‘Whose growth?’ was the defining political question of 2014.
The statistics show that Britain’s economic recovery is real. But that is not how it feels. This is because the Government has failed to deliver a growth strategy based on rebalancing the economy through exports and investment. Instead growth is coming from rising house prices and people running down their savings. And while jobs growth is welcome, too many jobs are insecure and combine the three lows: low skill, low productivity and low pay.
On employment there is a massive problem with female unemployment in the North East and this is going up, not down. Women make up 65% of public sector workers and austerity is having a big impact on the labour market.
Since the general election the number of women unemployed had increased from 47,000 to 60,000 in our region. That’s a 28% increase. And it’s still going up - with a 4,000 rise in the last quarter. So while overall unemployment might be slowly falling in our region it disguises a large gender divide and the fact that unemployment is falling far quicker in other regions, widening the gap.
The latest figures show unemployment is now double in the North East (9.2%) than it is in the South East (4.6%). The Government promised it would somehow rebalance the economy but austerity has made it worse. Britain faces a profound challenge to reverse the tide of rising inequality and build a new economy that delivers fairness for working people. Tackling the living standards crisis, which has left the majority of ordinary families struggling with smaller pay packets and rising household bills, should be a the next government’s top priority.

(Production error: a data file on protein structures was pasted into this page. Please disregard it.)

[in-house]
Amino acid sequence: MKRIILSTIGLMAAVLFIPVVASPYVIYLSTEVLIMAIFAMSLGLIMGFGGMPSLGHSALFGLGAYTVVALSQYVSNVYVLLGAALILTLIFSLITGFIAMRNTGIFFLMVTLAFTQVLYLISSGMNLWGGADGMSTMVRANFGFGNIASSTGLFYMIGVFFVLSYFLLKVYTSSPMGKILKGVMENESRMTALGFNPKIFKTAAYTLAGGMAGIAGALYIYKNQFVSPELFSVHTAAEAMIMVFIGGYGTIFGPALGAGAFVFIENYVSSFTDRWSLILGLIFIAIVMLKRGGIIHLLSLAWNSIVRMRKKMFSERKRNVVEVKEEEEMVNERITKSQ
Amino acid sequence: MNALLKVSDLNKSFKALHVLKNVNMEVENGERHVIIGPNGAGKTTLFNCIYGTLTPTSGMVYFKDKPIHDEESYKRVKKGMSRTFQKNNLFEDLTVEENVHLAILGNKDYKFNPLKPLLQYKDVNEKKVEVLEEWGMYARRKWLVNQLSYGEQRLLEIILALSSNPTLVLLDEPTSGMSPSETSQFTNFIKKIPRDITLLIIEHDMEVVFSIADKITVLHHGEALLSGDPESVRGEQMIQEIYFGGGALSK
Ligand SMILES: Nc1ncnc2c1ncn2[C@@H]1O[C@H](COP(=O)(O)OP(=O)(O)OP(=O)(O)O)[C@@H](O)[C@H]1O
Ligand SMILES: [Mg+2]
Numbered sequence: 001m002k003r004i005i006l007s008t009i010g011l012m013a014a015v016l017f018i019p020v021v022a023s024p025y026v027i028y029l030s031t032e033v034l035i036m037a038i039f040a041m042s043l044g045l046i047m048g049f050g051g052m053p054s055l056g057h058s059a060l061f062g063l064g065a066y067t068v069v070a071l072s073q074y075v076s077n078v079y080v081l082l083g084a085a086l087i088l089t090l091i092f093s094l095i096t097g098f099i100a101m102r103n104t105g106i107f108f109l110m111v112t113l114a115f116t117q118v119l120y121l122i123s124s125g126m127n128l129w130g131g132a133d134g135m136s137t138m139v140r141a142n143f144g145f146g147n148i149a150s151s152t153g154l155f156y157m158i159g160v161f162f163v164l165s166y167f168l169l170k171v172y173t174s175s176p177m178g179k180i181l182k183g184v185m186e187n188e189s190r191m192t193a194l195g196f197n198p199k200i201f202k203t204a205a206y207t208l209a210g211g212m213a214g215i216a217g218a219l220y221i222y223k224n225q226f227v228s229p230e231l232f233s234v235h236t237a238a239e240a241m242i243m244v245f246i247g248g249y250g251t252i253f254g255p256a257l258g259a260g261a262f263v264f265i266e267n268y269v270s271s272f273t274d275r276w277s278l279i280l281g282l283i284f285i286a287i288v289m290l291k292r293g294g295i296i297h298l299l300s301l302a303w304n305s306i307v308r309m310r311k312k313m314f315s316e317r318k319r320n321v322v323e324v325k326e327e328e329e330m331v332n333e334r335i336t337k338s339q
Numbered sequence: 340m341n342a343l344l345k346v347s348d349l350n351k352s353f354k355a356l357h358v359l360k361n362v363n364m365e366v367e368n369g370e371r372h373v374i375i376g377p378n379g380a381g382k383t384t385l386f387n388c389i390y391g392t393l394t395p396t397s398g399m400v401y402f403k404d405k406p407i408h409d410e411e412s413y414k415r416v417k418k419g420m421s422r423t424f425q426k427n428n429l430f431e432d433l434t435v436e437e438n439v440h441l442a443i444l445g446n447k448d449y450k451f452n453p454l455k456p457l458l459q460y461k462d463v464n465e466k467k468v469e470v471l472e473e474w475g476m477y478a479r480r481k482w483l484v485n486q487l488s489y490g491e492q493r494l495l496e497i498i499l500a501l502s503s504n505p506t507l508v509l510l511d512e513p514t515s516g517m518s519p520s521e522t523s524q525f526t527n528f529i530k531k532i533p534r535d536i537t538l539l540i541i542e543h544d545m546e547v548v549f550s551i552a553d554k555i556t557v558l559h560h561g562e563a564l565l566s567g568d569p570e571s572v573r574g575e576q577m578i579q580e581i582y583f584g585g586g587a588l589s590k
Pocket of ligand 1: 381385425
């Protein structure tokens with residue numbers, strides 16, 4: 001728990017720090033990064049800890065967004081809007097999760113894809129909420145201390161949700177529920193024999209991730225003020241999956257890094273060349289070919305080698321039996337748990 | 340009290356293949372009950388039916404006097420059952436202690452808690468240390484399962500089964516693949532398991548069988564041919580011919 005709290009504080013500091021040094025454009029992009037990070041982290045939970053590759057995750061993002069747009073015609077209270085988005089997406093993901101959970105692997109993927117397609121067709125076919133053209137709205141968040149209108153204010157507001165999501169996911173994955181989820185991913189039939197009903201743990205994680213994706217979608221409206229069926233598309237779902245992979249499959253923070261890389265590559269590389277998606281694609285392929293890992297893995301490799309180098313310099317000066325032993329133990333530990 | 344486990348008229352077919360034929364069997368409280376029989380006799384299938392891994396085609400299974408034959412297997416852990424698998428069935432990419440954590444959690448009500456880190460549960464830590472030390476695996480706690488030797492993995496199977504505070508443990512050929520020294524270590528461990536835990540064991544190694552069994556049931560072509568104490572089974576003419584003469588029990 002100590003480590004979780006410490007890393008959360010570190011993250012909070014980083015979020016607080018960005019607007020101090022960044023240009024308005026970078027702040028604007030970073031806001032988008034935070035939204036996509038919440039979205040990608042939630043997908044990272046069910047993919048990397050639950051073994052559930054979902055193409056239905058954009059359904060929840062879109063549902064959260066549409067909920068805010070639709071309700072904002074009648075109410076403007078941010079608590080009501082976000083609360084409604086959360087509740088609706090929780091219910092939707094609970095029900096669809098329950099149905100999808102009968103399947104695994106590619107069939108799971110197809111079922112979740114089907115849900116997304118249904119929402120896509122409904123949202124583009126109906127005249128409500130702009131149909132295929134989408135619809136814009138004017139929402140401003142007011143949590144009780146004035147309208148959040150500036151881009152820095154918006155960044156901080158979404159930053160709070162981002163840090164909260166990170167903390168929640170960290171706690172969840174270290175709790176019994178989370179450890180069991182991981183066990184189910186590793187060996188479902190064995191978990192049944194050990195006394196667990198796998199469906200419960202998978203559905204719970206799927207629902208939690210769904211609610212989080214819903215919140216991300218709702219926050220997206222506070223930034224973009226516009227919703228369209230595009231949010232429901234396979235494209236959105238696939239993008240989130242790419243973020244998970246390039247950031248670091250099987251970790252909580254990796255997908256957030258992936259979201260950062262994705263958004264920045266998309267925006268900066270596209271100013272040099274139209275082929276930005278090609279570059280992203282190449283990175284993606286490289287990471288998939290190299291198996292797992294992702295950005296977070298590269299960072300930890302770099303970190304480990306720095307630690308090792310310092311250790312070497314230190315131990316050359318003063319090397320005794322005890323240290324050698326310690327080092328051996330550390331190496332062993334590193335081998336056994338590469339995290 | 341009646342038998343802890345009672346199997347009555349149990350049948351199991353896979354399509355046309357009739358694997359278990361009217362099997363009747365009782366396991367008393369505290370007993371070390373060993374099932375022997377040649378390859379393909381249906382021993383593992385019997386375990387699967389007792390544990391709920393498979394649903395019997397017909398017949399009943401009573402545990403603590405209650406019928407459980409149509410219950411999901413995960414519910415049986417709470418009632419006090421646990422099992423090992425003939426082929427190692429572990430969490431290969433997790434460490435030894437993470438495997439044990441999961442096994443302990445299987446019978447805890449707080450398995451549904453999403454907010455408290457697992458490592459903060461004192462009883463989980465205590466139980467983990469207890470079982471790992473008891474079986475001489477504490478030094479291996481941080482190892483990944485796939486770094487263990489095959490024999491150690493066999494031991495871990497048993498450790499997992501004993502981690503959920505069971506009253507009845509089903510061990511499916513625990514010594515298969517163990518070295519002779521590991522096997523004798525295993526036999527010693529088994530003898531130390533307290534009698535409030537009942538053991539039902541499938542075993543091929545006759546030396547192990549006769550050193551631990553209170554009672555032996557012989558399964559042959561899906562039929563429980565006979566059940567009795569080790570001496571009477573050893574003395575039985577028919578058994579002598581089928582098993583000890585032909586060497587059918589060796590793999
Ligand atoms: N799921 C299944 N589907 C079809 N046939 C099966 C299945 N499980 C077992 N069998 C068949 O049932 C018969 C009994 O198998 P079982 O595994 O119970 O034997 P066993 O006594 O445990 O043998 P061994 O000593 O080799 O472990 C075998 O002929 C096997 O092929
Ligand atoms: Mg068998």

Living standards have fallen as wages have been squeezed, and the cost of living goes up week by week. You don’t need to look at the economic statistics to tell you what life is like for millions of people across the North East across Britain; and you don’t need to be a social scientist to see how out of touch this Government is.
We have Ministers in a Government that has presided over hundreds of thousands of public sector job losses; that has sat back while wages have fallen by 6% in real terms since the crash; that has allowed nearly a million young people to fester on the dole; Food-banks and pay day lenders flourish while zero hours contracts and low pay become the new workplace norm – giving patronising advice to people who don’t want, or need, warm words or platitudes. They need decent jobs, fair pay, real opportunities.
We know that austerity is little more than a fig leaf for an ideological drive to shrink the state. Instead, what we need is a credible plan to get Britain back to work and deliver a decent standard of living for everyone.A positive, progressive vision for our country.
Instead of cuts that scar the poor, let’s have fair taxes the rich can’t dodge. Instead of subsidising slum landlords, let’s build the council houses Britain needs. And instead of welfare for giant corporations, let’s have a living wage for all.Let’s have public ownership of our key services, no more privately-run academies and free schools, and no shameless profiteers either on our railways, or in our hospitals.
Our aim is simple: to ensure the economy works not for rich corporations and bankers, but for ordinary workers, their families and communities.
Regional Secretary Northern TUC